Gaining Loyalty in Retail Stores

Is Loyalty Dead? How Do I Gain Loyalty in My Retail Store?

customer loyalty
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We can still make customers loyal to us, but we must gain that loyalty in a different way. What I am saying is “blind” loyalty is dead. We can no longer expect customers to be loyal to us just because we are the only show in town. We have the internet that is full of well-trained marketers that are hunting for business. Having said that, the local merchant still has certain natural advantages that can create loyalty.

The biggest advantages are they know the market better, they know their customers better, and they generally know the other merchants better. In other words, they know how to experience engineer their business. So let’s breakdown those three natural advantages.

1. Knowing the market better. 

How many buyers from a chain store truly know who they are buying for? The independent retailer knows the marketplace because they are from the marketplace. But let’s not have a false sense of superiority about this. The chains still talks to its customers, does focus groups and asks questions to better understand the marketplace. So you might have the natural advantage, but the issue becomes what are you doing with this advantage to better serve your customers? Do you schedule your own focus groups just to ask your customers their opinions? Just asking your customers their opinion is a form of flattery or a compliment because you are saying their knowledge is important to you and how and why they like the products we sell is valuable to us.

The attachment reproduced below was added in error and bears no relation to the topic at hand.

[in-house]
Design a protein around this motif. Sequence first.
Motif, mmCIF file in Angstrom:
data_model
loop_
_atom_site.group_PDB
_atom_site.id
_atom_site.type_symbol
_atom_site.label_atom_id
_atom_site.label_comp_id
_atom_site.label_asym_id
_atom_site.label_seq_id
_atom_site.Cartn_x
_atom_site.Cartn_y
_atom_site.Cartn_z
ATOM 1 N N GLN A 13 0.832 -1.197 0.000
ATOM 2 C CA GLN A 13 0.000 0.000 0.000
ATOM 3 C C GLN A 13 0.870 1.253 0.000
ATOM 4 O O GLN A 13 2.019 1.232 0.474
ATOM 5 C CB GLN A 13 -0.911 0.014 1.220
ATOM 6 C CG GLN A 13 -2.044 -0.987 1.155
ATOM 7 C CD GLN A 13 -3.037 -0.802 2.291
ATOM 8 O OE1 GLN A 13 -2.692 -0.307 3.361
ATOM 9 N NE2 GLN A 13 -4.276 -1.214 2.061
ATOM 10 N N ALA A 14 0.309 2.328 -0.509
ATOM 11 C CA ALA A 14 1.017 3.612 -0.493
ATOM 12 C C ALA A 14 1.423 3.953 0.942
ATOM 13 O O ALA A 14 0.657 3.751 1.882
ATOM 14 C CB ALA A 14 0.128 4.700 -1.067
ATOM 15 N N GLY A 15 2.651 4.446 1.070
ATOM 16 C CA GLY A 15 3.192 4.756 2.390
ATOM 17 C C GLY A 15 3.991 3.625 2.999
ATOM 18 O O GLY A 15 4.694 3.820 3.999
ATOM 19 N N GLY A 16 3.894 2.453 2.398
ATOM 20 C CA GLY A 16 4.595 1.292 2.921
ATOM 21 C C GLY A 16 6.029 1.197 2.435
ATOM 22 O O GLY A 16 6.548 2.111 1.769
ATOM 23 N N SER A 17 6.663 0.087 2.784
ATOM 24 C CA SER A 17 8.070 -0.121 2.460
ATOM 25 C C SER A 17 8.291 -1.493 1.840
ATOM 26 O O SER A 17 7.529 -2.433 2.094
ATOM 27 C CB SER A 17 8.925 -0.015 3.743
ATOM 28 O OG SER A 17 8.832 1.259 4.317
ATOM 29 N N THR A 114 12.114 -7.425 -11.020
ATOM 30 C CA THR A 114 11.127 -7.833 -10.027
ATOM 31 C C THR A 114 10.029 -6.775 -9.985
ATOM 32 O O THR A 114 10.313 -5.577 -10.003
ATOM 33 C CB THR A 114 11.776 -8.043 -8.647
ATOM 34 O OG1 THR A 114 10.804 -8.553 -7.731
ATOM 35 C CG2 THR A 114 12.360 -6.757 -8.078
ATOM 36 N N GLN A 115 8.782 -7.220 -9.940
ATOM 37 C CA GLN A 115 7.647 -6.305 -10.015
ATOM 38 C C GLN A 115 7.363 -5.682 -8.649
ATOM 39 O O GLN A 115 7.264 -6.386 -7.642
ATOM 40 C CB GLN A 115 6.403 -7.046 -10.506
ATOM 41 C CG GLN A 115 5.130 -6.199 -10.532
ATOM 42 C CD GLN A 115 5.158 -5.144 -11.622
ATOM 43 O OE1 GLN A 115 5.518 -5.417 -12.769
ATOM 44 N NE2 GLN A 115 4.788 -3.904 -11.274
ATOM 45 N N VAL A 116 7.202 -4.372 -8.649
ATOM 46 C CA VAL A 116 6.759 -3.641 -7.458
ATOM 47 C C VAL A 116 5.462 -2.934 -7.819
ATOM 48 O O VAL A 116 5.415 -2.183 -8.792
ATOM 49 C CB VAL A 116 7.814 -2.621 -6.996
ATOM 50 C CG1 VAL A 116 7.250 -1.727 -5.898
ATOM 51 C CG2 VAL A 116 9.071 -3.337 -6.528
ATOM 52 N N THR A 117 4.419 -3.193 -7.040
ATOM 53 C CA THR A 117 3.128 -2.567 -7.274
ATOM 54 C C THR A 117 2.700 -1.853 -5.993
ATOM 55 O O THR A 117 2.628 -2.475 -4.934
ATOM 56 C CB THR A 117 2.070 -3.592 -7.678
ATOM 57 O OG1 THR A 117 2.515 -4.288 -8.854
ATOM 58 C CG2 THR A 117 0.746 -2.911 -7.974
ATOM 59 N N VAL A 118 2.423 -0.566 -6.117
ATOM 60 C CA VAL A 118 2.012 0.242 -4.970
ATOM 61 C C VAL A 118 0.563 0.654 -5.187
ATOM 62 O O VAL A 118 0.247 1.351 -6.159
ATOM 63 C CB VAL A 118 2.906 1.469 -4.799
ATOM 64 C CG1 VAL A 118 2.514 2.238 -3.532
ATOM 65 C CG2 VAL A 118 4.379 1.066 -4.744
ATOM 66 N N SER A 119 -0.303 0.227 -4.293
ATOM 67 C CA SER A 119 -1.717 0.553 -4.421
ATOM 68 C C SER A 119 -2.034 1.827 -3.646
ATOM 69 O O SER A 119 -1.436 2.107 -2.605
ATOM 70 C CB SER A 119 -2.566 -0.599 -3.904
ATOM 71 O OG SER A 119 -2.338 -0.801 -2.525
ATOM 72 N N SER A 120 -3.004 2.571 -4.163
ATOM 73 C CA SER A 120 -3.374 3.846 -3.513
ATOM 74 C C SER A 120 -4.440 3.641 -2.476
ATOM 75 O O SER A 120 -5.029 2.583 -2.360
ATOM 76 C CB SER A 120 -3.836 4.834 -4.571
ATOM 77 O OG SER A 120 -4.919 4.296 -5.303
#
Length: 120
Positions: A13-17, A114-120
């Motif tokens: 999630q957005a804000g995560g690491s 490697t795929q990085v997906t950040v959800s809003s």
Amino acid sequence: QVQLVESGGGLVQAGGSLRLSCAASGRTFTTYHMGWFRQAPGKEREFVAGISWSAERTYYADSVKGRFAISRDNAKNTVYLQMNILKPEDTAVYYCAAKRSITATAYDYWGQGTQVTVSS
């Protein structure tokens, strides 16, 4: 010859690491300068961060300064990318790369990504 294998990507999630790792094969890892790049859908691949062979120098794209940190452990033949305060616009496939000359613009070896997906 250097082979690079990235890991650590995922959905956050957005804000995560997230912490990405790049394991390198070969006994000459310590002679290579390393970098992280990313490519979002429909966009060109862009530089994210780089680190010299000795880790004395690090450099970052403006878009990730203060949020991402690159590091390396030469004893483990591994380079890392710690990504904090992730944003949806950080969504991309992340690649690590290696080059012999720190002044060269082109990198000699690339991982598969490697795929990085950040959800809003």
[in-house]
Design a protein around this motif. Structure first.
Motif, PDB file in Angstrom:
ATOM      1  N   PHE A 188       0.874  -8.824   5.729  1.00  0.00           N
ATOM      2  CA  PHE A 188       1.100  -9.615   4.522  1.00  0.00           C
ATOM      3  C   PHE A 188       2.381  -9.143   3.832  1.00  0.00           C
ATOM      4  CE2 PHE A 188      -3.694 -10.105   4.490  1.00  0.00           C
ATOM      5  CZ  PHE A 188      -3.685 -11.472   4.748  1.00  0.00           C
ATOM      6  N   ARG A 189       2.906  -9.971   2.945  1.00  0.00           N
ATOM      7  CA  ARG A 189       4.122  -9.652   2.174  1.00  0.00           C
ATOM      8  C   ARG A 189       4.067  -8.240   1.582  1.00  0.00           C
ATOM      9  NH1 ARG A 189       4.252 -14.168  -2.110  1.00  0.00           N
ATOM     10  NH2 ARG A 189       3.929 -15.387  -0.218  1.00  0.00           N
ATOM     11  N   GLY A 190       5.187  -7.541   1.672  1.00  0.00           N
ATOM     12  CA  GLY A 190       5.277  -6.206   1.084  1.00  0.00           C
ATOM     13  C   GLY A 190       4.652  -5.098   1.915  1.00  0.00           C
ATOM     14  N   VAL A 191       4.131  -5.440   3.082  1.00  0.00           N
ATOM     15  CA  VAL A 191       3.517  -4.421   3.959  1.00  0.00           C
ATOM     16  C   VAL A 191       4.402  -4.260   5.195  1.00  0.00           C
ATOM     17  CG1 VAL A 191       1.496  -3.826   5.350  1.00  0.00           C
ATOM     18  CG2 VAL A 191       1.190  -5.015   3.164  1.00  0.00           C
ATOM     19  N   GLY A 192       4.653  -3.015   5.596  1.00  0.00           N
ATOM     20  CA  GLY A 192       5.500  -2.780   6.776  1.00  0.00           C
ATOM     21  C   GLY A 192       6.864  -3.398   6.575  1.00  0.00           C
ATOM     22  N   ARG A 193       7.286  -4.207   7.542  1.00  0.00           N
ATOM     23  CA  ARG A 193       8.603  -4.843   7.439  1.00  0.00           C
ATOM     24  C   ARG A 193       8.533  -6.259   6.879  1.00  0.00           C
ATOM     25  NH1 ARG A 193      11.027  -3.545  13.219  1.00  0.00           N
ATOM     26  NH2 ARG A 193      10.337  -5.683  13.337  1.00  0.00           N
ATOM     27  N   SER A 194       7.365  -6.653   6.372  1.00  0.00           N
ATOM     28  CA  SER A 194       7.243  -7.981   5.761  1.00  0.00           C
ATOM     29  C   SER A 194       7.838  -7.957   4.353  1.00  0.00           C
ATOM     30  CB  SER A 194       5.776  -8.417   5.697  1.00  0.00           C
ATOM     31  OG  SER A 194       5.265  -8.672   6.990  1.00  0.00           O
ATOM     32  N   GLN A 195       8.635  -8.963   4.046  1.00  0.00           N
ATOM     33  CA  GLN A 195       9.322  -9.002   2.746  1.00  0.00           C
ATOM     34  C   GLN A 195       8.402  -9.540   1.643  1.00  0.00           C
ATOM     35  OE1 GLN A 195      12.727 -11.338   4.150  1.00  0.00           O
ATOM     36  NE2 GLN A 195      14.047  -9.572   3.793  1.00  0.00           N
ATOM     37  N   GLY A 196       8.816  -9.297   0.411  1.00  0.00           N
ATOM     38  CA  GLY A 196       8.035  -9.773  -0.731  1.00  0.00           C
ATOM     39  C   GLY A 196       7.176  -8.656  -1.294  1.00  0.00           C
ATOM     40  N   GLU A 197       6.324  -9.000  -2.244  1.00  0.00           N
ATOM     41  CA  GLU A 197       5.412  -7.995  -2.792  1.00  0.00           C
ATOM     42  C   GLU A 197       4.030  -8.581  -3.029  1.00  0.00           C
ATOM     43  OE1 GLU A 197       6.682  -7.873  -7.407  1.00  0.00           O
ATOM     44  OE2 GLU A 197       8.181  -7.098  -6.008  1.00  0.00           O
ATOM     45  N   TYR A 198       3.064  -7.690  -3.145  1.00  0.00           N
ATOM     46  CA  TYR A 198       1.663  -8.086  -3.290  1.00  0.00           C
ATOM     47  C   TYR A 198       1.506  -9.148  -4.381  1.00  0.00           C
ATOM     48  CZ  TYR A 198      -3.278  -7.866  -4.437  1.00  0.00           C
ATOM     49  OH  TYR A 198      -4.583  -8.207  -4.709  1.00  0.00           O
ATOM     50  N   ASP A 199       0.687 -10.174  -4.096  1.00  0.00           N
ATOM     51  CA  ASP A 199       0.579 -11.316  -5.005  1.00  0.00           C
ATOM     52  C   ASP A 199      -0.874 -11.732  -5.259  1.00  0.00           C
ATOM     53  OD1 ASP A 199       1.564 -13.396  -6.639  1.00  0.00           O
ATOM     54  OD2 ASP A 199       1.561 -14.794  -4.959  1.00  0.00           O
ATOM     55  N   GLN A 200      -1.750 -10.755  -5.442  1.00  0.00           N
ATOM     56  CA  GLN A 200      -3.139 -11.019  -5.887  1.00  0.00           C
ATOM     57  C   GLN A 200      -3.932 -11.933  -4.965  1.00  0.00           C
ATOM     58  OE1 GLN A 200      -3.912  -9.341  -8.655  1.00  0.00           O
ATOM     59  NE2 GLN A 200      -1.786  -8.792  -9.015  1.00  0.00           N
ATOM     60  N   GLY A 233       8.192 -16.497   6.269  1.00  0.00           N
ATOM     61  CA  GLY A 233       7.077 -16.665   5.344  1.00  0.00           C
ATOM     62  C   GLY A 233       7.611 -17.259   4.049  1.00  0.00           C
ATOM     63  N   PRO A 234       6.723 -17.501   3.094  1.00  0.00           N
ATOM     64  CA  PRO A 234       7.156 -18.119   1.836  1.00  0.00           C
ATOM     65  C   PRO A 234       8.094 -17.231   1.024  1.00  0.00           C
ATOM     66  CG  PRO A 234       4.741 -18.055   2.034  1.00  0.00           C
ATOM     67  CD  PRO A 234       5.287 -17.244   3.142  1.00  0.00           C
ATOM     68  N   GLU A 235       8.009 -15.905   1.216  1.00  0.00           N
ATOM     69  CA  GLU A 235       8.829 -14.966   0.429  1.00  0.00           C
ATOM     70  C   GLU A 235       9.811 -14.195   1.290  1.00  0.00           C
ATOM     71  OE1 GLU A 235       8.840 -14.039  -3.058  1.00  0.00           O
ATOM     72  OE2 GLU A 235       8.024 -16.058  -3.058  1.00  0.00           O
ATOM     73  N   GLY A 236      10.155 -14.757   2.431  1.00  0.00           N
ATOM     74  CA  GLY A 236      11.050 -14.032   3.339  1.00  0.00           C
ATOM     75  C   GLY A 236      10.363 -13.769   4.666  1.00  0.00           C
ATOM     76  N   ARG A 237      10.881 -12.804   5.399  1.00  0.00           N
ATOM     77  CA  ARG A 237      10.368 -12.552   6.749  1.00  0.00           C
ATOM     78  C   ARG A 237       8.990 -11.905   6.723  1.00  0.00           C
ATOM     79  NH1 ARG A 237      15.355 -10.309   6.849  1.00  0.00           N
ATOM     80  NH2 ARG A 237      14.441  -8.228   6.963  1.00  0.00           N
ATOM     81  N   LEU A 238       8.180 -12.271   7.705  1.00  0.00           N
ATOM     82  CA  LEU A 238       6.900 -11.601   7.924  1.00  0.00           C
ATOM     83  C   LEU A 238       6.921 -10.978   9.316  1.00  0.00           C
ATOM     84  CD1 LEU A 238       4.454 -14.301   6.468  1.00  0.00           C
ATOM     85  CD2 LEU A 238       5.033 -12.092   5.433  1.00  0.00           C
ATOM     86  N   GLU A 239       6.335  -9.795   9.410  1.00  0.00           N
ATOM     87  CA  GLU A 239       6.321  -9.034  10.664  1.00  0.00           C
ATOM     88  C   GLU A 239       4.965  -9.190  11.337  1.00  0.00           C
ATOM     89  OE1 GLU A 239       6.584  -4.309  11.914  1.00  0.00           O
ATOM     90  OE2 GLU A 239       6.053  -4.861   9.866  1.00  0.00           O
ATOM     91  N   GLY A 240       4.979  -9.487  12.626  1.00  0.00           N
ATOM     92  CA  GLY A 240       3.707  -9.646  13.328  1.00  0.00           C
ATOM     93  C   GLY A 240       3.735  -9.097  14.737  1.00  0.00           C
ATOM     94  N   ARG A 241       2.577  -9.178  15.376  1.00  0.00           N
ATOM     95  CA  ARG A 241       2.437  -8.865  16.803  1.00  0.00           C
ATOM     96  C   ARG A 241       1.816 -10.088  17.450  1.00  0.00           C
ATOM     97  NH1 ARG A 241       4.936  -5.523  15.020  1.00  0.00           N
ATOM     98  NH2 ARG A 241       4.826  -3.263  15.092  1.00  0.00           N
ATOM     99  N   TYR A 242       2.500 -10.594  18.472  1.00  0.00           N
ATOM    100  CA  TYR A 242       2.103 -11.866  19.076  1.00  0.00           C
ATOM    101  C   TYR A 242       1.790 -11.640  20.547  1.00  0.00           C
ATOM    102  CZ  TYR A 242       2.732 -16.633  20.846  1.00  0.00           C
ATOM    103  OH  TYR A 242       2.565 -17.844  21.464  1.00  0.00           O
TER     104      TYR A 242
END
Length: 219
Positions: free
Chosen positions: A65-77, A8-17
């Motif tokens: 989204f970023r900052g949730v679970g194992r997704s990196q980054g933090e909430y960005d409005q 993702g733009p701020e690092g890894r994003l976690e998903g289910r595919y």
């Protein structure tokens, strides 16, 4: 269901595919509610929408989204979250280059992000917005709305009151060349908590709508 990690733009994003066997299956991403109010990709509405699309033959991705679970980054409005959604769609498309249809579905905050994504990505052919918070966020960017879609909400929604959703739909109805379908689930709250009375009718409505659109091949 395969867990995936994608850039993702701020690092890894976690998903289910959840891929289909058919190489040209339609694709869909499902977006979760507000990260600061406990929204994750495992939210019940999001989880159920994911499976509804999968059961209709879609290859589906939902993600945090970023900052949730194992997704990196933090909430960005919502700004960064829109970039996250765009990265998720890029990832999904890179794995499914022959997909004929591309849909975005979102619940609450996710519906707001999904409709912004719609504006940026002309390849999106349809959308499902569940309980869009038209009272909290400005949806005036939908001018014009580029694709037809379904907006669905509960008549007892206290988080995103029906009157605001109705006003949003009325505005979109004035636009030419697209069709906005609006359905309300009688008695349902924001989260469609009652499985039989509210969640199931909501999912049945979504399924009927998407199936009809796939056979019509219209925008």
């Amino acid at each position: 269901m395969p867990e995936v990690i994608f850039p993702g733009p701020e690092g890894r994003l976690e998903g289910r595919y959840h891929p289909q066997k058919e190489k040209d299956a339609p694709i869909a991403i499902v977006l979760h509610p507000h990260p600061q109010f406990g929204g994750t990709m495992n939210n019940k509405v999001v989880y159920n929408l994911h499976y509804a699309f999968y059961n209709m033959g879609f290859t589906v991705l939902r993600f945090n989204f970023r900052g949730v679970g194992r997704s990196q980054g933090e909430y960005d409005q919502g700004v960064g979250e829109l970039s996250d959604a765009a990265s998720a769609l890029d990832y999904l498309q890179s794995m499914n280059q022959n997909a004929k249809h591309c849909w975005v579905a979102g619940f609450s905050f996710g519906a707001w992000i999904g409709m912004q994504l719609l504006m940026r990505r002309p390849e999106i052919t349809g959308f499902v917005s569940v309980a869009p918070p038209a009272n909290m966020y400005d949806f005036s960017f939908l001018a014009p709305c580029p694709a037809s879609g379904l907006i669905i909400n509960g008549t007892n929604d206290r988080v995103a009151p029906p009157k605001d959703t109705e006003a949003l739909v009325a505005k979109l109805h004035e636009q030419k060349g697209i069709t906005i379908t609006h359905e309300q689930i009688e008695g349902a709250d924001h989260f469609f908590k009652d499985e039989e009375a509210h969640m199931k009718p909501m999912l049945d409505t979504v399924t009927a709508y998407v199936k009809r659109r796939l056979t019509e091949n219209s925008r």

Plus it’s important to learn products you don’t carry and could or should. This is a very valuable tool. 

In my stores, we reviewed our competition and market on a regular basis, but we did a deep dive every year as part of our strategic planning process. During the year, we met with select customers in a customer advisory board.

These people would meet with me and look at the merchandise I was looking to buy for the upcoming season and "speak" into it. Often times, they hated what I was considering and they saved me a lot of money. I would have bought those products and eventually would have had a lot of markdowns on my hands. 

2. Knowing the customer better. 

Again the local retailer might have gone to school with a particular customer or even be a neighbor down the street — but that’s just the tip of the iceberg. We need to dig deeper and get as much information about that customer as possible. This is where our employees become gatherers of valuable pieces of information about the customer. A CRM system in your POS is only as good as the data that's in it. 

"The more you know about a customer, the easier it is to sell to them."

The following categories of information are the types we need to collect from each customer:

The Vitals: Name, address, phone number and mobile phone number for texting messages, & email address

Products: What categories of merchandise the customer prefers to buy.

How Do You Reach Them: The preferred method of communication. Some people love to text while others like a phone call. The best message is worthless if no one is there to receive the message.

Their Preferred Price Level: There are four price levels:

  1. Regular Price: They see it they like it and then they buy it. The problem is there is a real shortage of this type of customer!